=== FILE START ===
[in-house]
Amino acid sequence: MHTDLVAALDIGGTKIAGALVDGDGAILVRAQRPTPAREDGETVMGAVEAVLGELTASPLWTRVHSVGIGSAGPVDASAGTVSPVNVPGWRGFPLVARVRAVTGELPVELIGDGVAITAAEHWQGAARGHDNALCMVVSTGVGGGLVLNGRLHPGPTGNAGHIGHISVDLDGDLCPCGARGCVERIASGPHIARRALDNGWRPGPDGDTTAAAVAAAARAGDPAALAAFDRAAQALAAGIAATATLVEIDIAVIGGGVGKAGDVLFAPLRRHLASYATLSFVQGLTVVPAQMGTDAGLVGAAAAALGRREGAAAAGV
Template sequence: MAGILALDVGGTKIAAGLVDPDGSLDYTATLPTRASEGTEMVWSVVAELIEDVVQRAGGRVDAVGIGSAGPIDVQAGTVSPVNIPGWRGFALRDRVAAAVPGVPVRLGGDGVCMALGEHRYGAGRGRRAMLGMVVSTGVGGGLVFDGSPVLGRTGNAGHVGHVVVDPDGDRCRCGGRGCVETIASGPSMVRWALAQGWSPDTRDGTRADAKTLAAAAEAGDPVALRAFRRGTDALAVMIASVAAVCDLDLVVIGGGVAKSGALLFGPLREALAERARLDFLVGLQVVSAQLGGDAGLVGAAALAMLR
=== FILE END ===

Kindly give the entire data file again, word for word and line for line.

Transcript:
[in-house]
Amino acid sequence: MHTDLVAALDIGGTKIAGALVDGDGAILVRAQRPTPAREDGETVMGAVEAVLGELTASPLWTRVHSVGIGSAGPVDASAGTVSPVNVPGWRGFPLVARVRAVTGELPVELIGDGVAITAAEHWQGAARGHDNALCMVVSTGVGGGLVLNGRLHPGPTGNAGHIGHISVDLDGDLCPCGARGCVERIASGPHIARRALDNGWRPGPDGDTTAAAVAAAARAGDPAALAAFDRAAQALAAGIAATATLVEIDIAVIGGGVGKAGDVLFAPLRRHLASYATLSFVQGLTVVPAQMGTDAGLVGAAAAALGRREGAAAAGV
Template sequence: MAGILALDVGGTKIAAGLVDPDGSLDYTATLPTRASEGTEMVWSVVAELIEDVVQRAGGRVDAVGIGSAGPIDVQAGTVSPVNIPGWRGFALRDRVAAAVPGVPVRLGGDGVCMALGEHRYGAGRGRRAMLGMVVSTGVGGGLVFDGSPVLGRTGNAGHVGHVVVDPDGDRCRCGGRGCVETIASGPSMVRWALAQGWSPDTRDGTRADAKTLAAAAEAGDPVALRAFRRGTDALAVMIASVAAVCDLDLVVIGGGVAKSGALLFGPLREALAERARLDFLVGLQVVSAQLGGDAGLVGAAALAMLR